Joseph died believing that one day that God would visit His people in Egypt and would deliver them out of their captivity. He died without ever seeing that promise fulfilled, but He died believing that God would fulfill those promises.

In fact, almost 400 years later God did visit His people in Egypt. After 400 years of slavery, God appeared to Moses in the burning bush. You read about this in Exodus chapter 3.

The Lord said, “I have surely seen the affliction of my people who are in Egypt and have heard their cry because of their taskmasters. I know their sufferings, and I have come down to deliver them out of the hand of the Egyptians and to bring them up out of that land to good and broad land, a land flowing with milk and honey” (vv. 7–8).

When God visits His people, He always visits them to deliver them out of something and to deliver them into something else.

God said, “I have come down to deliver my people out of Egypt.” He says that to Moses in Exodus 3. “I’ve come to bring them into a good land” (v. 8).

God goes on to say in Exodus 3, “I have surely visited you and have seen what is done to you in Egypt.”

The New American Standard says, “I am indeed concerned about you.”

You see, God’s visitation isn’t that He’s just stopping by for a social visit. It’s, “I’ve seen what’s going on in your house. I’ve seen what’s going on among My people, and I’m concerned about your condition. I’m concerned about your circumstances. I’ve come to do something about it. I’ve come to take over.”

So God sees and God acts. The purpose of His visitation, His seeing, His acting, is with the purpose of delivering His people. This is all bound up in that concept, “God has come to visit his people.” He’s come to do something about their crisis. He knows what’s going on, and He’s come to visit them.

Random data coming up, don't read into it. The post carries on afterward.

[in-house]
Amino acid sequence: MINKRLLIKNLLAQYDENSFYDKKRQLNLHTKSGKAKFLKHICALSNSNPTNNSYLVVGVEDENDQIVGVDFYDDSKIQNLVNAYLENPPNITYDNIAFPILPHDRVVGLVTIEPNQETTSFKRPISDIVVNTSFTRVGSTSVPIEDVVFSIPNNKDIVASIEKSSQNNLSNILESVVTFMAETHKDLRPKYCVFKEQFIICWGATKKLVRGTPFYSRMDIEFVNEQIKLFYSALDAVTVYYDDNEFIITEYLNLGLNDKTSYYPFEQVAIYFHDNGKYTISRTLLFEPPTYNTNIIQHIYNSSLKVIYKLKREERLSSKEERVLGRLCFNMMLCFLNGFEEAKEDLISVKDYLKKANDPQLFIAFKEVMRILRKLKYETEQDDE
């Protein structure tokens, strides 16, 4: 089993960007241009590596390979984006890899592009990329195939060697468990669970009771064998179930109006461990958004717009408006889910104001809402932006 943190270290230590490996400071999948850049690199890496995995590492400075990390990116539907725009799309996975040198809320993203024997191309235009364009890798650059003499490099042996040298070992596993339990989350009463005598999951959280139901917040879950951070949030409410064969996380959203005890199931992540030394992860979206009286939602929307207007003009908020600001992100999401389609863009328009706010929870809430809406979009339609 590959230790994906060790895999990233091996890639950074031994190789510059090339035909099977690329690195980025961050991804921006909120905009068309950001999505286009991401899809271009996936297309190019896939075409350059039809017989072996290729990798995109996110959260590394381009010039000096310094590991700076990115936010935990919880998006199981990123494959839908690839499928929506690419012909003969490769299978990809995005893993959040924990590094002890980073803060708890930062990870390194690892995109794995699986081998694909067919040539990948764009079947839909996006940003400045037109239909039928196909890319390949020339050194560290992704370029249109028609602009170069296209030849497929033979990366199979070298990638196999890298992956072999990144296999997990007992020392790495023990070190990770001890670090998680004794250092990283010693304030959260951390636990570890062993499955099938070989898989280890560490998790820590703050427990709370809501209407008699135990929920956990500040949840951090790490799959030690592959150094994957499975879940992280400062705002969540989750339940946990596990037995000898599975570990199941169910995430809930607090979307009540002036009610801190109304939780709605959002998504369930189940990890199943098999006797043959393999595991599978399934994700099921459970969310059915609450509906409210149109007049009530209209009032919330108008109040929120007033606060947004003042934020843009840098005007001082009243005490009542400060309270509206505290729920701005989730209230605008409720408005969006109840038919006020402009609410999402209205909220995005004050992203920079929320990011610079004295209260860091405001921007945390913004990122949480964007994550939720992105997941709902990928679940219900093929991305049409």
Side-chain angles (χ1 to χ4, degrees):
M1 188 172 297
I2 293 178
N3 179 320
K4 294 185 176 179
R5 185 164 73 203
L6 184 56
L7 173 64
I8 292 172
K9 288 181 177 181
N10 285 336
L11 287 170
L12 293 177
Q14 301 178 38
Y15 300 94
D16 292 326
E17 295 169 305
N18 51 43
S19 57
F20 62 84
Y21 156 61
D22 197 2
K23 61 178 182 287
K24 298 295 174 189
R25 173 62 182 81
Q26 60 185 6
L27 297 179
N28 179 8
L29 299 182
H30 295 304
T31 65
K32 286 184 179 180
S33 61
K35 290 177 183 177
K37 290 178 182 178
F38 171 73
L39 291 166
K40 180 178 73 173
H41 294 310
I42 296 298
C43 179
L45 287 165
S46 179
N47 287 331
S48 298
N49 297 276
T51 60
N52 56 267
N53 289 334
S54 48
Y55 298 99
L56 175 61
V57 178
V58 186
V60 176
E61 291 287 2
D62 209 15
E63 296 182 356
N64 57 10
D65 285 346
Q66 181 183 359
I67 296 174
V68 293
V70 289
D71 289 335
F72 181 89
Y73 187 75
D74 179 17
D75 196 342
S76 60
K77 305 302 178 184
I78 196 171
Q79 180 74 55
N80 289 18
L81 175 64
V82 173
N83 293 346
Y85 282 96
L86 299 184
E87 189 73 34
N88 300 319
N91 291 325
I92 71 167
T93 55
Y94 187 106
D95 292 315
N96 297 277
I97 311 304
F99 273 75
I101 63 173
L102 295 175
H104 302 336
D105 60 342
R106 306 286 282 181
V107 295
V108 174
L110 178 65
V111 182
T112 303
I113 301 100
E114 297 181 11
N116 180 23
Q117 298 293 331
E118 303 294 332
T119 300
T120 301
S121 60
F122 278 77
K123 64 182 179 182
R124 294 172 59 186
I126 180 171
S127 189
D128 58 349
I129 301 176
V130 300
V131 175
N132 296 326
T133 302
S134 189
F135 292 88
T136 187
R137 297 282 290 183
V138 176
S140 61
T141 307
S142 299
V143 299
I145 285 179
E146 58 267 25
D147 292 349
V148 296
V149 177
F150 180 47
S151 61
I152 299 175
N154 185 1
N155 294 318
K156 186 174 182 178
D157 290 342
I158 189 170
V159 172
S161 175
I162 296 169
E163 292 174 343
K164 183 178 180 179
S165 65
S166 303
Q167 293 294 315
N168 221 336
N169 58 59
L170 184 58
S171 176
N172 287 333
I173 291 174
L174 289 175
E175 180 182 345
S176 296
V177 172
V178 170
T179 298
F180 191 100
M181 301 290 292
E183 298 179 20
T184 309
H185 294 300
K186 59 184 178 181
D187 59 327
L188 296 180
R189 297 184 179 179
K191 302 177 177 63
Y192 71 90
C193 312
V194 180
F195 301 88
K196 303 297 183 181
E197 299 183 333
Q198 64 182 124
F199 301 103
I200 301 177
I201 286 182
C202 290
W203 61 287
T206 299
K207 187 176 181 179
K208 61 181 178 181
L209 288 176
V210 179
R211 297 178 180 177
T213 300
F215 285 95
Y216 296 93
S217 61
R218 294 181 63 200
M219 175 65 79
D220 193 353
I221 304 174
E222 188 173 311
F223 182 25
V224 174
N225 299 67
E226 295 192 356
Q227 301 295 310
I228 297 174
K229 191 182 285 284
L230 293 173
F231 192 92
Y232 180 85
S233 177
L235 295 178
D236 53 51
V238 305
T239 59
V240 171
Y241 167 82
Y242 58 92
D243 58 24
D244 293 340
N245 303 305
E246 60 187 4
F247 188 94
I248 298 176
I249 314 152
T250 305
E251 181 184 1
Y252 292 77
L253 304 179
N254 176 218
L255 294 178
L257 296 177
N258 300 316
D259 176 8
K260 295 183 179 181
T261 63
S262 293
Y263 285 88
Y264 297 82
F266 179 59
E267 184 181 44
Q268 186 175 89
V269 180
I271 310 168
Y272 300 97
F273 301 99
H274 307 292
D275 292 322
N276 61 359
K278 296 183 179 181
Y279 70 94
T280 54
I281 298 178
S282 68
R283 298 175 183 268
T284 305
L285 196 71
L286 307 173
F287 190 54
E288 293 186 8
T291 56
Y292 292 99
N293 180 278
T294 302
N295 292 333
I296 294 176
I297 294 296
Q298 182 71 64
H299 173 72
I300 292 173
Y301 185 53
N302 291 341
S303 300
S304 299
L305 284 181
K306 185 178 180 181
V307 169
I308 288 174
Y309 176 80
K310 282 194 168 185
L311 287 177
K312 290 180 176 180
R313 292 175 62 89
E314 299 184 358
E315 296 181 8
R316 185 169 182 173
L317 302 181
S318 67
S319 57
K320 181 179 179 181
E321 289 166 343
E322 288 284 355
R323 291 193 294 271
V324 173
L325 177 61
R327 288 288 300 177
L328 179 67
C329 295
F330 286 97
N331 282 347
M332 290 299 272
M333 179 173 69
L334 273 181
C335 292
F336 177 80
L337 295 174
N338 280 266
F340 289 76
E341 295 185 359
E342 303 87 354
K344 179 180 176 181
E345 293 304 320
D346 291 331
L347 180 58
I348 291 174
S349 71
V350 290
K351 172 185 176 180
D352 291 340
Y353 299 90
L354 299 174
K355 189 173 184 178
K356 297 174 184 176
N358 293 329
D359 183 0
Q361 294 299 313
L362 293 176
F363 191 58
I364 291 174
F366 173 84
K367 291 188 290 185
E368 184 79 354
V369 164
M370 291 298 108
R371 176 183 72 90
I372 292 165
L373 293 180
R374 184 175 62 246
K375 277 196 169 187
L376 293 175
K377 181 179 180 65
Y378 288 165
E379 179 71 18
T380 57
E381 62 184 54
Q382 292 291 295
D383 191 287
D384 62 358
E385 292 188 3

You find in the Old Testament repeated prayers and pleas for God to visit His people.

Normally when people pray this way in the Old Testament, it’s in times of distress. It’s in time of bondage. It’s in times of crisis or turmoil.

Psalm 106, verse 4, says, “Remember me, O Lord, with the favor you have towards your people. O visit me with your salvation” (NKJV) .

Jeremiah 15, verse 15, Jeremiah says, "O Lord, you know; remember me and visit me, and take vengeance for me on my persecutors.” Or as the New King James says there, “attend to me.”

“Do something about my plight. And not only help me, but take vengeance for me on my persecutors.”

When God comes to visit, He comes to visit us in both salvation and deliverance for God’s people; and in judgment and in punishment for those who reject him. Those are two aspects of God’s visitation.

I thought about that not too long ago when I thought for a moment that my garage had been broken into. I heard some noises. And long story short, I won’t tell you the whole story but . . . So I called the police, and sure enough, before too very long the police came to visit.

These two, big, burly men showed up wearing their badges of authority, in their uniforms, armed, guns in their holsters, and they came to visit. But it wasn’t just a social call. They came because I had called, and I had said, “I need someone to come and visit. There’s a situation here I need someone to check into. I’m not sure I’m the best person to check into this situation in case it’s more than what I think it is.”

It turned out to be nothing, which I was relieved to know, but I didn’t know that at the moment I called out. I was in distress. They came to visit, and they had a two-fold purpose in their visit.

First of all, they came to provide protection for me—taxes at work here—and to make sure that I was safe. If necessary, they were prepared to deliver, to rescue me. Now, I’m making it much more dramatic than it turned out to be, but that was part of their purpose.

But they had another purpose, and that was to deal with the intruder if there was one—which it turned out not to be, thankfully. It’s interesting that when they barged into that garage, hand on the gun, they used a different tone of voice talking to any potential intruder that might be in that garage than they used when they were talking to me.